We are persuaded that the district court did not abuse its discretion under the circumstances in resorting to the ultimate sanction of dismissal with prejudice. The plaintiffs' misconduct here can justifiably be considered extreme. They filed an initial complaint which was artlessly drafted and conspicuously deficient. They amended it once by adding a single paragraph. They then proceeded to disappear for two months, ignoring during such time both a court order and a series of pivotal defense motions. The court order required that a statement from plaintiffs be filed within fifteen days and explicitly warned that noncompliance might result in dismissal. The plaintiffs neither complied nor requested an extension of time in which to do so. Two motions to dismiss similarly received no response. Following the court's dismissal without prejudice on April 17, plaintiffs never sought to have the judgment altered. No objections were filed to the subsequent defense motions to amend the judgment to read with prejudice. When plaintiffs finally resurfaced on May 5, they provided no explanation for their inaction other than to indicate they were under "stress." In their "motion" of that date, instead of responding to the pending motions to amend the judgment, they requested as relief simply that the court "take notice of what has been transpiring between the parties." Following the court's dismissal of the case with prejudice, plaintiffs again failed to move under Rule 59(e) to have the judgment altered. And although they had represented on May 5 that an amended complaint would be completed within ten days that would particularize their factual allegations as requested by the March 28 order, such a complaint has never materialized; plaintiffs never proffered any such complaint to the district court in conjunction with a request for post-judgment relief, nor have they appended one to their memorandum on appeal.

This pattern of behavior can reasonably be construed as an indication of "plaintiffs' lack of interest in vindicating whatever rights they might have had." Zavala Santiago, 553 F.2d at 713. The repetition involved in their inaction suggests conduct of a deliberate rather than inadvertent nature. Their disobedience of a court order containing an explicit warning that noncompliance could lead to dismissal, their repeated failure to respond to defense motions, and the absence of any reasonable explanation for such misbehavior -- all are factors counseling strongly in favor of dismissal. In addition, our review of the amended complaint convinces us that plaintiffs' case suffers from "glaring weaknesses."3 Enlace Mercantil, , 848 F.2d at 317. In light of such basic infirmities in the complaint, and upon consideration of plaintiffs' rather muddled May 5 motion, the district court could justifiably have concluded that affording plaintiffs an opportunity to resubmit another complaint would likely have been an exercise in futility.

Several of the relevant factors here, of course, pull in the opposite direction. The time involved was relatively short; little more than three months elapsed between the filing of the original complaint and the court order dismissing the case with prejudice. The district court had not expended a significant amount of time on the case. Little if any prejudice to the defendants' tactical posture had ensued from the delay, or would have ensued from permitting the plaintiffs to submit another complaint. And some lesser sanction -- such as dismissal with leave to file an amended complaint within a short period of time, possibly in conjunction with an award of costs to defendants and the imposition of a fine against counsel -- might have sufficed both to compensate for plaintiffs' inaction and to prevent any continuation thereof. Were lack of prosecution the only form of misconduct involved here, we would find these factors controlling. As mentioned above, dismissal on account of delay alone is appropriate only in cases of "extremely protracted inaction (measured in years)." Cosme Nieves, 826 F.2d at 2. And we have cautioned that a district court should resort to dismissal as a penalty for delay only after determining "that none of the lesser sanctions available to it would truly be appropriate." Zavala Santiago, 553 F.2d at 712 (footnote omitted); accord, e.g., Enlace Mercantil, 848 F.2d at 317-18 (dismissal with prejudice for failure to prosecute was "excessive" in light of "more appropriate" sanction of conditional dismissal).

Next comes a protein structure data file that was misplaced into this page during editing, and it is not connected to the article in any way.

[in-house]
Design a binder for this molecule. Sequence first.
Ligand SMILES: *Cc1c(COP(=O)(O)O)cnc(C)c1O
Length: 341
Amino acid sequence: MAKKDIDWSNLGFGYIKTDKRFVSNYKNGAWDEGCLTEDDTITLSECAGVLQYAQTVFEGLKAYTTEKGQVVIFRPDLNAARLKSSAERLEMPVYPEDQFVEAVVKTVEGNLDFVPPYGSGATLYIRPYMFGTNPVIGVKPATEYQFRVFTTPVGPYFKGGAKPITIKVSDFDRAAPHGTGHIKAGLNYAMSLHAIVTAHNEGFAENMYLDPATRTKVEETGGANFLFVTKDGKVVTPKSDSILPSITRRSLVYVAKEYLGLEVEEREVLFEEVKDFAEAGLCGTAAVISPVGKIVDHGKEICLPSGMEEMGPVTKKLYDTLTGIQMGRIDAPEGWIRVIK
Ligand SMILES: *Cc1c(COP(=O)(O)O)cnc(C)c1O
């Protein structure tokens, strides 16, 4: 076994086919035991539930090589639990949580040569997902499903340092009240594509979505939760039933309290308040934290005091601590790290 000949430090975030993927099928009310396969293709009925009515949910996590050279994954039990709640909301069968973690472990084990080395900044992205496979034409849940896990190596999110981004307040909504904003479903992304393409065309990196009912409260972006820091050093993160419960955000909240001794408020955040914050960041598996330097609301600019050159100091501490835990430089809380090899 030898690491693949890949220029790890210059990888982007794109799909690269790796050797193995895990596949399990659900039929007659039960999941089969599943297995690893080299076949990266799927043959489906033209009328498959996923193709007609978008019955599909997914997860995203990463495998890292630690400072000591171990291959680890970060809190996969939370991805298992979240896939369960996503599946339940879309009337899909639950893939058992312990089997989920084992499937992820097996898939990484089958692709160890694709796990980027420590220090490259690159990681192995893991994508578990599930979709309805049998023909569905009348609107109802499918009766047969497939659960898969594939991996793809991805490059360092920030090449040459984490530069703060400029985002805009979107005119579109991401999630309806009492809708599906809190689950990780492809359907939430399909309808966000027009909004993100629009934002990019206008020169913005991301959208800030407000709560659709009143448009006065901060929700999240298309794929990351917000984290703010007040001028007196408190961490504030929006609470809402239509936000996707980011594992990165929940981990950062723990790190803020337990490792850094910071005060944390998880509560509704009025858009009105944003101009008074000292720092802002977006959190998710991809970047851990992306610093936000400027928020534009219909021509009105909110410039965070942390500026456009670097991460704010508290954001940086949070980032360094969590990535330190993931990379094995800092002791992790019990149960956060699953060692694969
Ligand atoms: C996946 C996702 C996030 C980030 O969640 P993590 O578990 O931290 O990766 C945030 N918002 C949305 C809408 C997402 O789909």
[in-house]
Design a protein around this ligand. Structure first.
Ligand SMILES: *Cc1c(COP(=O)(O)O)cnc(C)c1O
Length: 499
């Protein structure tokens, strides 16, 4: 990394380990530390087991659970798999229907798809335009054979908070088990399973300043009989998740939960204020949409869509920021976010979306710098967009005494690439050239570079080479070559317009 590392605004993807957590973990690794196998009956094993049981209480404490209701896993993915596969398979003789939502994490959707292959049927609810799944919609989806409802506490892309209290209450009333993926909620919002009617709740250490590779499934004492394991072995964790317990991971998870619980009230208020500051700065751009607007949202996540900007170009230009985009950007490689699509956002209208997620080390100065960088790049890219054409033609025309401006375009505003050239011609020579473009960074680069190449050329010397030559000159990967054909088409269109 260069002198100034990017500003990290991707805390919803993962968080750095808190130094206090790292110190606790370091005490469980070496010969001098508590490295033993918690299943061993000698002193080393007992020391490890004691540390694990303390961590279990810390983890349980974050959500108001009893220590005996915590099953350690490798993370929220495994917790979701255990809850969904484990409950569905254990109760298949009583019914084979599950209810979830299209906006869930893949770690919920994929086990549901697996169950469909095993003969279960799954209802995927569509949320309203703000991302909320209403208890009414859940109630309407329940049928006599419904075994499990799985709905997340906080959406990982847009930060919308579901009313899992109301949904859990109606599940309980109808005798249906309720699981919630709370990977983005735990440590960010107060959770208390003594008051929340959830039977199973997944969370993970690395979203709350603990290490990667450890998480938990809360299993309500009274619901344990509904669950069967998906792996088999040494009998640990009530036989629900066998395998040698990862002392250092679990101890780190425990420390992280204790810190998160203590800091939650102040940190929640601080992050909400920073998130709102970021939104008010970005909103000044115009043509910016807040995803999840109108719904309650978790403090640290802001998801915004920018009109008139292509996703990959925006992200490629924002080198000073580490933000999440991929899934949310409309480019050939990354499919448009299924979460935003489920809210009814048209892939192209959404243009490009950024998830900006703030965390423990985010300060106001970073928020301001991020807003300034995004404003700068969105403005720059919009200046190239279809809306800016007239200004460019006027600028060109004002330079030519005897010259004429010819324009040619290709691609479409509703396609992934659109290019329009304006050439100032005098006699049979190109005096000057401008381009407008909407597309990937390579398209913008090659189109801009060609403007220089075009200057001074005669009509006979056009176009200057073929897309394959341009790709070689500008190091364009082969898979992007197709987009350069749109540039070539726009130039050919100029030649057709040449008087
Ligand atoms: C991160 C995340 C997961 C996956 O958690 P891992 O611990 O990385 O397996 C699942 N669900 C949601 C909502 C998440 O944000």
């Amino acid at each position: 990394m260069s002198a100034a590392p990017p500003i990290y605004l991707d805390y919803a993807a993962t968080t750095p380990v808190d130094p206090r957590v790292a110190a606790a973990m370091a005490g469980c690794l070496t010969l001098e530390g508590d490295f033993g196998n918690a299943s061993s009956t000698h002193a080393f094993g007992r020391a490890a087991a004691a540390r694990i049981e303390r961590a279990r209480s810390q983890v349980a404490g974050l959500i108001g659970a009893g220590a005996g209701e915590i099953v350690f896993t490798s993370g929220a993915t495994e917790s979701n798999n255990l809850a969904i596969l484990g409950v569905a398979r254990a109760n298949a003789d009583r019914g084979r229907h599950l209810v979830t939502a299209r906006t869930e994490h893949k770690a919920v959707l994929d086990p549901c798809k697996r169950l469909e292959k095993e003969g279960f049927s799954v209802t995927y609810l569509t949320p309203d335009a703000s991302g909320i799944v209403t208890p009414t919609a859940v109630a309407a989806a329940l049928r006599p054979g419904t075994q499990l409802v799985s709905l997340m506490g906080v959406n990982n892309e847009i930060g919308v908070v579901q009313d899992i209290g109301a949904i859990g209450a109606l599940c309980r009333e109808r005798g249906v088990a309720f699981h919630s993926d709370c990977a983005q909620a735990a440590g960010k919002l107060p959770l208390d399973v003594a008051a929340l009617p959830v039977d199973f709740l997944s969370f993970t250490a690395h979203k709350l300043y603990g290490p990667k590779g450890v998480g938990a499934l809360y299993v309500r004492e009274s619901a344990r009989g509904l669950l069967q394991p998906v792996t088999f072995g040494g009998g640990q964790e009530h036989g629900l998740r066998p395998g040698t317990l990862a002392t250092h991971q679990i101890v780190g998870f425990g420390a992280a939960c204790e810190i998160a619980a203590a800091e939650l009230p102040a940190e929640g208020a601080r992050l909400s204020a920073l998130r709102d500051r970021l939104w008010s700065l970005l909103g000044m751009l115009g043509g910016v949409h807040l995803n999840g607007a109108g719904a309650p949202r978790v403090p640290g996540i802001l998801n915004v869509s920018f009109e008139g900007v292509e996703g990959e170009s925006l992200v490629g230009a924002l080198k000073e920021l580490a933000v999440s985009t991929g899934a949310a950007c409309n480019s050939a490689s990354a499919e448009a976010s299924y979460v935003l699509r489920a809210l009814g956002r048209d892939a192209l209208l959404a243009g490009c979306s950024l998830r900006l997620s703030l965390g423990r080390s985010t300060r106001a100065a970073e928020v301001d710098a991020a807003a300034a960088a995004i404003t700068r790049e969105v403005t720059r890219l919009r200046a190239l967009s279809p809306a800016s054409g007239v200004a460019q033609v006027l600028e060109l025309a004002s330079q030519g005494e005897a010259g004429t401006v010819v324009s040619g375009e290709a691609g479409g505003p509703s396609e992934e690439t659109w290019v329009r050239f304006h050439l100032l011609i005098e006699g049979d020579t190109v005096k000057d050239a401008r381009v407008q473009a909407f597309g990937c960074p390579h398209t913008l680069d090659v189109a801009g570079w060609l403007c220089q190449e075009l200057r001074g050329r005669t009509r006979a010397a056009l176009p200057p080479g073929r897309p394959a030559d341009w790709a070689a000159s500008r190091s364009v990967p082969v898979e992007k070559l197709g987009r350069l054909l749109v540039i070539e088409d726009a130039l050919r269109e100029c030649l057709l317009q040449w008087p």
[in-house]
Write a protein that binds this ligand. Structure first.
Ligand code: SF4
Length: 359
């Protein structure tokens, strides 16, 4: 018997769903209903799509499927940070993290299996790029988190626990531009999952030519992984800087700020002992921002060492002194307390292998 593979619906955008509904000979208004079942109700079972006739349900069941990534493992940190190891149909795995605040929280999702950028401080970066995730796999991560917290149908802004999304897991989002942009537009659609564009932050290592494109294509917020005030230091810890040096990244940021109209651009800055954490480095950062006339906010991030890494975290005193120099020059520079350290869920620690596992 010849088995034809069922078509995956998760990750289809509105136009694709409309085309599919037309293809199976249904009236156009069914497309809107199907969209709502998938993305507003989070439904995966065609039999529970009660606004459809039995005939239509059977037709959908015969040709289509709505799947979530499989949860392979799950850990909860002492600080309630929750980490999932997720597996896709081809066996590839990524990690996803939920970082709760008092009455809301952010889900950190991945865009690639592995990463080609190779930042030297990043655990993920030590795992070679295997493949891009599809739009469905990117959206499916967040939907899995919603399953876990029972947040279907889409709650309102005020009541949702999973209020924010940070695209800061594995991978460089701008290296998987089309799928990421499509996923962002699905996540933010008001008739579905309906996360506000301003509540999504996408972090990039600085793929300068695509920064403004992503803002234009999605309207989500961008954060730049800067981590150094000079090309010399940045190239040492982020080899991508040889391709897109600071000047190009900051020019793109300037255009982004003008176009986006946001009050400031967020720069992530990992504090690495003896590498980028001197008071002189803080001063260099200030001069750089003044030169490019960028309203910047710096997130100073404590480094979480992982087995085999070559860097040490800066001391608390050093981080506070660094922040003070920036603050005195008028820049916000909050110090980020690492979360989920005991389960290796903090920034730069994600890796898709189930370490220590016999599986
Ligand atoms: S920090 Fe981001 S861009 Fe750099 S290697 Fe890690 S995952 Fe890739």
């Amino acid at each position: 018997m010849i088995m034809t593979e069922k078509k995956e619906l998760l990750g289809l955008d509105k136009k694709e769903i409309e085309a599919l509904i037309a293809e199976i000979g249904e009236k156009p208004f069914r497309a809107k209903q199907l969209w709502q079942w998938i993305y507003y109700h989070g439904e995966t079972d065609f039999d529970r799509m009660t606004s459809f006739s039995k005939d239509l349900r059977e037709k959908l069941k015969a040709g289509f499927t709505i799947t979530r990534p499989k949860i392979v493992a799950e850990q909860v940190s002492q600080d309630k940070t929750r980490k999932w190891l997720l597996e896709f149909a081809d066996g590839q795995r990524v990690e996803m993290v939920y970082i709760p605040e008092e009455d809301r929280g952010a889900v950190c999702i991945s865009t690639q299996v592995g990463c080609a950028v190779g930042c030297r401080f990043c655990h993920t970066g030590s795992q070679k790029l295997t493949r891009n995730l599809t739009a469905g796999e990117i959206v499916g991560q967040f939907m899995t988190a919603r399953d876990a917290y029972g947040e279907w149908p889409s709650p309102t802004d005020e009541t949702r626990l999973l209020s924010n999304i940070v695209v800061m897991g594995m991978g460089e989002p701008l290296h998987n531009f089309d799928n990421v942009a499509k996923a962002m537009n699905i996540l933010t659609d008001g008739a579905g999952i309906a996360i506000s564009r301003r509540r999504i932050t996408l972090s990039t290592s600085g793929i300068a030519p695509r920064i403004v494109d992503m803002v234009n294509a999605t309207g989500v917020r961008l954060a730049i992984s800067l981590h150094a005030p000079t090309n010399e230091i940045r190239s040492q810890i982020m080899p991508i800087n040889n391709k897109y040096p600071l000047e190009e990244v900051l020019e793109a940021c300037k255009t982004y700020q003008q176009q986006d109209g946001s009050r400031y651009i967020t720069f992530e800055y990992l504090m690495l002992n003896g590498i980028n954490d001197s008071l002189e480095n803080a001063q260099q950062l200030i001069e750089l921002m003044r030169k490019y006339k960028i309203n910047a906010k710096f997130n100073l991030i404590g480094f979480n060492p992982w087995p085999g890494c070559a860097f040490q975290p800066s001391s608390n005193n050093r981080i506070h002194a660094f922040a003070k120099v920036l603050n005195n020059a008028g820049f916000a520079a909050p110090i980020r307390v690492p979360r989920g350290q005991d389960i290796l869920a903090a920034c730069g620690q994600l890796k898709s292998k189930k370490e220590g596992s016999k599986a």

Yet plaintiffs here were guilty not only of simple delay but of disobedience of a court order as well. In such a case, the amount of time elapsed obviously becomes less pivotal. See, e.g., Zavala Santiago, 553 F.2d at 712-13 (even though case had been pending "less than four months" and had occupied "very little" of district court's time, Rule 41(b) dismissal was appropriate given plaintiffs' noncompliance with order to file affidavits of witnesses and counsel's unexcused failure to appear at pretrial conference). And consideration of lesser sanctions in such context becomes less of an imperative: "the law is well established in this circuit that where a noncompliant litigant has manifested a disregard for orders of the court and been suitably forewarned of the consequences of continued intransigence, a trial judge need not first exhaust milder sanctions before resorting to dismissal." HMG Property Investors, 847 F.2d at 918. Penalties for noncompliance with court orders serve not only to punish the offending party but also to deter putative offenders in future cases. See, e.g., Zavala Santiago, 553 F.2d at 713; cf. National Hockey League v. Metropolitan Hockey Club, 427 U.S. 639, 642-43, 49 L. Ed. 2d 747, 96 S. Ct. 2778 (1976) (per curiam) (Rule 37 sanctions for noncompliance with discovery orders); Damiani, 704 F.2d at 15-16 (same). Consequently, even where a lesser sanction might suffice to forestall any further misconduct by a "duly chastened" party in the case at hand,4 "the most severe in the spectrum of sanctions provided by statute or rule must be available to the district court . . . to deter those who might be tempted to such conduct in the absence of such a deterrent." National Hockey League, 427 U.S. at 642, 643.